Sunday, January 1 1995
Since concluding his music/book tour, Pollack sat down with PopMatters to discuss his new book, the art of parody, favorite music and what exactly the author's role is in a media-rich society.
'It's weird when everyone decides one person is cool, don't you think? I'm suspicious of that.' James Withers talks to Lipshitz Six, or Two Angry Blondes author, T Cooper, about writing, reading, coolness, Jennifer Aniston, and why boy bands should never reform.
One thing investigative journalist Greg Palast is not is some blow-dried cream puff crowing the party line on CNN or Fox News. While America has
'If you pay attention to the world around you, you'll see truly magical things.' Julianna Baggott talks about The Anybodies and The Nobodies, her fantasy books for young readers that reveal the path to enlightenment lies in a life spent reading.
Nelson George is best known for his nonfiction writing his columns and essays on black popular music and culture for the Village Voice, Esquire, and
'I'm tired of double kick-drumming and death-metal guitar tunings and guys yelling about how much trouble they're having with their girlfriends.' Rick Moody talks to PopMatters about his musical life.
'Writing is a kind of music. And I mean that very nearly literally. Or at least, I mean it metaphorically. It's nonetheless a metaphor, which is truer than the obvious. A sentence is a musical phrase that your eyeball can hear. Words are musical notes that, again, your eyeball can hear. Not a sound, but a nuance.' Stephen Schenkenberg talks to David Mitchell.
'No matter how good the story is, the fact that the reader is holding something in his hands that expressly states that it is fiction prevents the reader from getting as involved in the story and the characters as he could otherwise.' PopMatters talks to Michael Kun about lies, truths, death, and Heather Locklear.
You Bring the Jack; They’ll Bring the Coke: Interviews with Craig Davidson and Brett Alexander Savor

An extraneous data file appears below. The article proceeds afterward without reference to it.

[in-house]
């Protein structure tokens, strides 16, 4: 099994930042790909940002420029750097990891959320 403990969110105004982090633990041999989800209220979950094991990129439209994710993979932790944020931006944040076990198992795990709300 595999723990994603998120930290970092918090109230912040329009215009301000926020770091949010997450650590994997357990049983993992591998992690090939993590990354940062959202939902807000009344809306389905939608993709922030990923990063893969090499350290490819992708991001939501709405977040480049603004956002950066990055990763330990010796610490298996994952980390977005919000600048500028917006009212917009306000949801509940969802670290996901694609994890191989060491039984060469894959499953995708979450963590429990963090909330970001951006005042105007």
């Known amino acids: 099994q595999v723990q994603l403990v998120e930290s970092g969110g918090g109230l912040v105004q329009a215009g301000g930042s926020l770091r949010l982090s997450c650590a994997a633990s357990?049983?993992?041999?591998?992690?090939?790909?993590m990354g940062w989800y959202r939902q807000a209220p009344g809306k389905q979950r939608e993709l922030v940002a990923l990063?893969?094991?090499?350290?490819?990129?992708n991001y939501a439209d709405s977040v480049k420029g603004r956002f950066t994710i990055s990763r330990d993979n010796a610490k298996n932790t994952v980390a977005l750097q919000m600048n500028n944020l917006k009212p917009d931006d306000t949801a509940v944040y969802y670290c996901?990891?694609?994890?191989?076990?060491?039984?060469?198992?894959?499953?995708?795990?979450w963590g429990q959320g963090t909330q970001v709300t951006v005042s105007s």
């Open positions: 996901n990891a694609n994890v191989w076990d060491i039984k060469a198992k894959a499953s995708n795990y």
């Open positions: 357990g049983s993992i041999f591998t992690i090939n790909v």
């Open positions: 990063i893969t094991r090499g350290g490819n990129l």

'Once you finish writing a four-page dog fight scene, or a scene where a guy gets his leg chomped off by an incensed killer whale, or one where an old porn star's penis pump explodes ... well, you sort of say to yourself, 'I've effectively eliminated myself from the mainstream.'' Craig Davidson and Brett Alexander Savory want to talk to you about Hell -- real and imagined. (If there's a difference.)
You’ve seen them. Garish black and white caricatures of Real Important white guys (OK, sometimes a couple black ones) in their suits, smart-ass wordplay
'Historians can tell you what happened and on what day it happened and perhaps something about the larger forces that impinged on the happening. But the only fiction writer can offer the why of the happening, what it might have felt like, smelled like, tasted like. By doing so, he or she reminds the world of the fictive underpinnings of all pasts, including those we hold in our own recollections.' Scott Esposito talks to Lance Olsen about Nietzsche's Kisses.
Lori A. May talks to PopMatters about her new book, her love of crime-time TV, and how CSI has made readers of crime lit so very demanding.
Marc Acito, a humor columnist, whose syndicated column 'The Gospel According to Marc,' appears in 18 newspapers nationwide.
Fed up with women's literature creating heroes out of lazy women who lie, cheat and steal to reach the top, Claire LaZebnik decided it was time to take a look at the other side of the coin.
'The scams that advertisers, politicians, and the media get away with frustrate me enormously, and I often wonder why people allow themselves to be manipulated so easily.' Glenn McDonald talks to author and Hoax Expert, Alex Boese
'There are people out there cheering for war, treating those deaths like some kind of athletic event. How sick do we have to be that this is not only acceptable, but virtually unchallenged by other politicians or clergy or anyone? And it's artists who have to stand up and be counted. Right now.' Stephen M. Deusner talks to Steve Almond.
Dirty Found is on tour. Co-created by Jason Bitner, the magazine celebrates the smuttiest photos, notes, and other paraphernalia left laying about the world. Jodie Janella Horn caught up with Bitner in Los Angeles. 'I'm not an artist,' Bitner tells her. She begs to differ.
'Success is an act. I think it's funny when people say, 'I could never be an actor,' and it's what we do all the time, in work, relationships, life in general.' Inspired as much by Voltaire's Candide as Mike Judge's Office Space, Pete Flies talks about Memoirs of a Virus Programmer.
Nikki Tratner interviews Mara Leveritt, author of Devil's Knot: The True Story of the West Memphis Three, on the details behind the indictment of three Arkansas boys for a group of gruesome 1993 murders.
You name it, Kevin Murphy saw it in 2001. And lived to tell the tale.